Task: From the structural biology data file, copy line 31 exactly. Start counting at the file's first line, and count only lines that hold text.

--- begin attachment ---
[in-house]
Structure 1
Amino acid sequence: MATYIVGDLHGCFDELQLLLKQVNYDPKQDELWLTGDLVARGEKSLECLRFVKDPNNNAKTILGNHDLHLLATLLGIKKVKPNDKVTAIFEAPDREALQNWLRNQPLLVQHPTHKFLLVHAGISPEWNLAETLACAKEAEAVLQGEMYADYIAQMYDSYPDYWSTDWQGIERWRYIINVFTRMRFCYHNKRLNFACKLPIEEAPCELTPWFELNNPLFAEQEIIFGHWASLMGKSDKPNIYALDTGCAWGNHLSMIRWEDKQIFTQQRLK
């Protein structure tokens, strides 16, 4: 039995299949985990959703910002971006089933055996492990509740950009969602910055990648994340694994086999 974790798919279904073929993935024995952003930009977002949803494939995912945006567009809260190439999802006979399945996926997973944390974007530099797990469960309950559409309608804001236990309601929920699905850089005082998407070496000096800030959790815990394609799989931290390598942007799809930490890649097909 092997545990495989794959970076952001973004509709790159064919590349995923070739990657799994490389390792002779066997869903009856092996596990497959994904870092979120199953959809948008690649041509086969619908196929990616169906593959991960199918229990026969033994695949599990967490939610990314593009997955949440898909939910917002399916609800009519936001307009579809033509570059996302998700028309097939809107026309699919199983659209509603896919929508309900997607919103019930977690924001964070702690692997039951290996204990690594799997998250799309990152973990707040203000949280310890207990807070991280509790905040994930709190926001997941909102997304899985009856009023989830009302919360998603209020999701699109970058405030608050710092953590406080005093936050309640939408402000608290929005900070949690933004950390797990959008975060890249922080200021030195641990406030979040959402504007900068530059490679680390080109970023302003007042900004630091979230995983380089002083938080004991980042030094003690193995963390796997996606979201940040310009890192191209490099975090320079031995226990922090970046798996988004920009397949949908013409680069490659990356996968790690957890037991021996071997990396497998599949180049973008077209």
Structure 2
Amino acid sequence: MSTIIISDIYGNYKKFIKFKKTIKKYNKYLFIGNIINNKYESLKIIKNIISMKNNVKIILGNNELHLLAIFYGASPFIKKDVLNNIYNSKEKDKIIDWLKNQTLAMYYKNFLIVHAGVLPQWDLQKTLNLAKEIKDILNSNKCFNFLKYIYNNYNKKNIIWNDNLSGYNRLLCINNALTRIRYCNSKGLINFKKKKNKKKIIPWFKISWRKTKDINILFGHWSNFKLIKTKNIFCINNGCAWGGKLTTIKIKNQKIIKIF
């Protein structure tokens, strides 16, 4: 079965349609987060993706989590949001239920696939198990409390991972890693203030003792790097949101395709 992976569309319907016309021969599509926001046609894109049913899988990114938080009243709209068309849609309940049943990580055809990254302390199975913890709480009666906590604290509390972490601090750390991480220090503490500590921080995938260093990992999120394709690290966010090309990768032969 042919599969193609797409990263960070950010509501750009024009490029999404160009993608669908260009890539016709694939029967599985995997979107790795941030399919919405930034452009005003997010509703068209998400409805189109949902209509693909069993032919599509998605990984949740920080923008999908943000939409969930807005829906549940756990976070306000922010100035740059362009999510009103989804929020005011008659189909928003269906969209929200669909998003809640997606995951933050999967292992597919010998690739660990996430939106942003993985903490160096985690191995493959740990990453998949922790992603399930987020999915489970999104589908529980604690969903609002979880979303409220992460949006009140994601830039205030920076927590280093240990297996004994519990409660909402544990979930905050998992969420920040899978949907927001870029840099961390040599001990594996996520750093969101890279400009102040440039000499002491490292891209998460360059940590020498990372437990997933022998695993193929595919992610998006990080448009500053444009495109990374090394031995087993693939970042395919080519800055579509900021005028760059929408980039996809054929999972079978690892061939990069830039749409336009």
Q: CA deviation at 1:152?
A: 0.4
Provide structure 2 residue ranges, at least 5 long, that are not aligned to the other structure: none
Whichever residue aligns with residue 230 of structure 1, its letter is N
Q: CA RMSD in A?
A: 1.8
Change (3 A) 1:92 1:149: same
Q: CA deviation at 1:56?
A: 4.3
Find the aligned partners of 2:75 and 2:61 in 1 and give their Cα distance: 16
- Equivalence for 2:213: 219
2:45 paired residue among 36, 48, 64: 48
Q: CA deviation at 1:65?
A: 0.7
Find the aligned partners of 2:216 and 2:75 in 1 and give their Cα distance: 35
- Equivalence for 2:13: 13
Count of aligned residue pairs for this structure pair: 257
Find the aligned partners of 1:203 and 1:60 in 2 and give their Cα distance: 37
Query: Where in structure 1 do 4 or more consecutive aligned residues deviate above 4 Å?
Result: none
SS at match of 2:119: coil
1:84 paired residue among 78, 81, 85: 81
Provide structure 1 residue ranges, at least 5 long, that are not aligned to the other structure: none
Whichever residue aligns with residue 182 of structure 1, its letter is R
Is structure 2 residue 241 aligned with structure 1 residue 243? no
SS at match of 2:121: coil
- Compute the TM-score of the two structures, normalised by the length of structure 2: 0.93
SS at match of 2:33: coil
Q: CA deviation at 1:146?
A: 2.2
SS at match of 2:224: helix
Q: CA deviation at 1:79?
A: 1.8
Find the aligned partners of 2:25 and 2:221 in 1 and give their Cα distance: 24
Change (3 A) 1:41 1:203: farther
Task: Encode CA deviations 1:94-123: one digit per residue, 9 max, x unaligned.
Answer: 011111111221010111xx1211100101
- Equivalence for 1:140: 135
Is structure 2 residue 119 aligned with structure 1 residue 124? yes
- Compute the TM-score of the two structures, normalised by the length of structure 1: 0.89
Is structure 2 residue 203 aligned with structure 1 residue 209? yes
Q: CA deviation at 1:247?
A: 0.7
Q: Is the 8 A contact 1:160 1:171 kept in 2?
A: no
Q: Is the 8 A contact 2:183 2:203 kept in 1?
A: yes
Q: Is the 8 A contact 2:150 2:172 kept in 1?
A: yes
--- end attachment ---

Whichever residue aligns with residue 182 of structure 1, its letter is R